Friday, December 25, 2009

Christmas ought to disturb us

A day after Christ descended to earth via the mystery of incarnation (aka his earthly birth), the Catholic Church commemorates the ascent of St. Stephen to heaven through his martyrdom (aka his heavenly birth).

Hence, if you happen to go for Mass today, you should not be surprised if you see the priest-celebrant donning a red vestment, a deep contrast from the ubiquitous yellow/gold motif which has become staple gearing up for the Christmas season.

Red of course signifies bravery inasmuch as it reminds us of the color of blood.

These two things bring us to see the life of Stephen in the greater scheme of things, in the plan of the Greatest Author.

Some would think that commemorating a martyr’s death (he died by stoning, by the way) right after the birth of Jesus seems unthinkable, if not altogether morbid. It’s like sending out a caveat which goes something like this: For those who wish to follow Christ, look at how Stephen lived… and died. You have been warned!

But come to think of it, Christmas isn’t supposed to be seen just as a captivating fairytale featuring a cuddly little baby. It’s supposed to send us a strong message and a daring challenge to let go of the old, as we embrace the New!

The cute little baby who stars in this event challenges us to go out of our way to reach out to others and make our home a veritable place for others to experience the love of God inasmuch as He took the bold move to live with us and experience inconvenience up to the ultimate event of offering His life so that we may live our lives to the full.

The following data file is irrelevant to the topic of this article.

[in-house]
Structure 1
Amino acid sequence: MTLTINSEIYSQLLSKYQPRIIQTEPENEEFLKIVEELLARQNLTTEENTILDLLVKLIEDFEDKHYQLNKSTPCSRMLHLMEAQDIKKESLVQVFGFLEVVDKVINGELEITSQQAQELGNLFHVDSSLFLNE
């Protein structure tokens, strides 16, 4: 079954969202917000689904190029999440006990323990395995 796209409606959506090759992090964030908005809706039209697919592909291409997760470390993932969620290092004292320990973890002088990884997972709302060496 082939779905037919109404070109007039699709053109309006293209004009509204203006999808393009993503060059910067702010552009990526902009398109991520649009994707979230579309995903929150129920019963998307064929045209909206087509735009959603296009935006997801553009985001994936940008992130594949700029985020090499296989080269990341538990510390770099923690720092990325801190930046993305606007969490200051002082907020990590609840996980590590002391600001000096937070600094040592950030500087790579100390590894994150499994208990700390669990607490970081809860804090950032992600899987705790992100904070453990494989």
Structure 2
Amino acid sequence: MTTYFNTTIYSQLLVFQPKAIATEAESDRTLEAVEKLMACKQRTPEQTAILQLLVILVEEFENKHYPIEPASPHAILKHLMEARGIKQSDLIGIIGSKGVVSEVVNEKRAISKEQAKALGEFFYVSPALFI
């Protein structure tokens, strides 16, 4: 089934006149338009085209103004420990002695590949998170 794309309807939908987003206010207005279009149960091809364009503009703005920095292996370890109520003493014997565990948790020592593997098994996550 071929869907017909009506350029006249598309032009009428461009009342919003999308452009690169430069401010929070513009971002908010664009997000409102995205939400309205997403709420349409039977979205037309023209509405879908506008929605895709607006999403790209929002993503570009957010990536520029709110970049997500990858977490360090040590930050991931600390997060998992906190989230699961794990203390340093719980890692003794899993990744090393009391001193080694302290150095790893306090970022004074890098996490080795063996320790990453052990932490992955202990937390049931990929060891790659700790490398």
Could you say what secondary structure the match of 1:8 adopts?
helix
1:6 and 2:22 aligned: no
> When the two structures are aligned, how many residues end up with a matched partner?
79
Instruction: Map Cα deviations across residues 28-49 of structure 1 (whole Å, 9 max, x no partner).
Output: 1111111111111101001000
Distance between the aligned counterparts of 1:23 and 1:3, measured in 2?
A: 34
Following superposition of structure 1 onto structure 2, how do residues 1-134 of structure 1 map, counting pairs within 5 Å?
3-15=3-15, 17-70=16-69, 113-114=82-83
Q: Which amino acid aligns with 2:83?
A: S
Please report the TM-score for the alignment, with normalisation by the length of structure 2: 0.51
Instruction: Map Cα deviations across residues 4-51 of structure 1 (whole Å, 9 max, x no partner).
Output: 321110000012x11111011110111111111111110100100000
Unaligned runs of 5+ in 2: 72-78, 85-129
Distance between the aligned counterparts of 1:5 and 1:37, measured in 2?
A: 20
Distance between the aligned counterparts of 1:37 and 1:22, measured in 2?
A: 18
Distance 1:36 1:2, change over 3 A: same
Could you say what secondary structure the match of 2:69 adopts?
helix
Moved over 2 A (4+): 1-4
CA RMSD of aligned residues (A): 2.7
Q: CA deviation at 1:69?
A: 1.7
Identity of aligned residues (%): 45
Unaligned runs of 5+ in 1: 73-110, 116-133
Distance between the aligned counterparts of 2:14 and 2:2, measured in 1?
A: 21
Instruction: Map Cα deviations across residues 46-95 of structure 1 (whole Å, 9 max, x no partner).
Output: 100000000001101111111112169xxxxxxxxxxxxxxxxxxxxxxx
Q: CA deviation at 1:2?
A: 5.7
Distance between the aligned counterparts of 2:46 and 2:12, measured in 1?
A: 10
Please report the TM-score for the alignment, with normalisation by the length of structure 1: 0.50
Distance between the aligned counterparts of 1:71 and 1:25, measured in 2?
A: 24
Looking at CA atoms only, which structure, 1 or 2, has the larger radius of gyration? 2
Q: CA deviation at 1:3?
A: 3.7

The real essence of Christmas ought to disturb us.

St. Stephen, a wise and a daring man took note of the message of Christmas. He was bold enough to live out the faith He received by returning the life he was just lent. This has been one of the greatest expressions on how to live as a follower of Christ.

In this day and age, we are not asked to offer our lives to live our faith. We are just asked to do one thing: to love especially when difficult events come our way and it is just impossible to do as such.

Let this be a beautiful homage to the fullness of life lived out by Stephen, and a fitting gift to the Reason of the season.